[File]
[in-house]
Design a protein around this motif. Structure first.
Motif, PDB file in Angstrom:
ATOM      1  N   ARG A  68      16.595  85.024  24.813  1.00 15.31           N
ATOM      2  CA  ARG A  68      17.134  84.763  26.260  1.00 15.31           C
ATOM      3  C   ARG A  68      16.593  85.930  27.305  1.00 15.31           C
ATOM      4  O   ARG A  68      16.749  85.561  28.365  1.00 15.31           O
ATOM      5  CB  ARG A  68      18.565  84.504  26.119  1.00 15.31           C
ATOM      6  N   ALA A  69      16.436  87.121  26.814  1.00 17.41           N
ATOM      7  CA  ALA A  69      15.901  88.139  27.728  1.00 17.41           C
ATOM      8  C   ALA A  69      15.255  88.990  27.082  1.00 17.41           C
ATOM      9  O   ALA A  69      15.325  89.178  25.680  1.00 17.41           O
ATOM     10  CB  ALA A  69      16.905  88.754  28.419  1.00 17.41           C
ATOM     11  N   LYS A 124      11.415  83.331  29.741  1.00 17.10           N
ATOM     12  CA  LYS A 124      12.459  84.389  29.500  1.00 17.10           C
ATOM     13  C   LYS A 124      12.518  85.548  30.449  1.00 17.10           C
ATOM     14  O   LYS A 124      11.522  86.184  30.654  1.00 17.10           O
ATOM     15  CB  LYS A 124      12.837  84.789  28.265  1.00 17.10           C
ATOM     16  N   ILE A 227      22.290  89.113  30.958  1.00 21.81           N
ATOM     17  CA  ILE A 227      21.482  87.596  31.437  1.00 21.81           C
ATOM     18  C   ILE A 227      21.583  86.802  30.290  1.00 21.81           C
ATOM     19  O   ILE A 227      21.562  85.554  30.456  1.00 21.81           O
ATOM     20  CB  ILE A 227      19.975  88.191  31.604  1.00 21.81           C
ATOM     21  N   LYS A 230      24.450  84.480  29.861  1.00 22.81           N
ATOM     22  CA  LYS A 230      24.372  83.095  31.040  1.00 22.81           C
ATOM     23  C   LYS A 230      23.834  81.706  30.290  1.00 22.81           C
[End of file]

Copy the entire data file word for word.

[in-house]
Design a protein around this motif. Structure first.
Motif, PDB file in Angstrom:
ATOM      1  N   ARG A  68      16.595  85.024  24.813  1.00 15.31           N
ATOM      2  CA  ARG A  68      17.134  84.763  26.260  1.00 15.31           C
ATOM      3  C   ARG A  68      16.593  85.930  27.305  1.00 15.31           C
ATOM      4  O   ARG A  68      16.749  85.561  28.365  1.00 15.31           O
ATOM      5  CB  ARG A  68      18.565  84.504  26.119  1.00 15.31           C
ATOM      6  N   ALA A  69      16.436  87.121  26.814  1.00 17.41           N
ATOM      7  CA  ALA A  69      15.901  88.139  27.728  1.00 17.41           C
ATOM      8  C   ALA A  69      15.255  88.990  27.082  1.00 17.41           C
ATOM      9  O   ALA A  69      15.325  89.178  25.680  1.00 17.41           O
ATOM     10  CB  ALA A  69      16.905  88.754  28.419  1.00 17.41           C
ATOM     11  N   LYS A 124      11.415  83.331  29.741  1.00 17.10           N
ATOM     12  CA  LYS A 124      12.459  84.389  29.500  1.00 17.10           C
ATOM     13  C   LYS A 124      12.518  85.548  30.449  1.00 17.10           C
ATOM     14  O   LYS A 124      11.522  86.184  30.654  1.00 17.10           O
ATOM     15  CB  LYS A 124      12.837  84.789  28.265  1.00 17.10           C
ATOM     16  N   ILE A 227      22.290  89.113  30.958  1.00 21.81           N
ATOM     17  CA  ILE A 227      21.482  87.596  31.437  1.00 21.81           C
ATOM     18  C   ILE A 227      21.583  86.802  30.290  1.00 21.81           C
ATOM     19  O   ILE A 227      21.562  85.554  30.456  1.00 21.81           O
ATOM     20  CB  ILE A 227      19.975  88.191  31.604  1.00 21.81           C
ATOM     21  N   LYS A 230      24.450  84.480  29.861  1.00 22.81           N
ATOM     22  CA  LYS A 230      24.372  83.095  31.040  1.00 22.81           C
ATOM     23  C   LYS A 230      23.834  81.706  30.290  1.00 22.81           C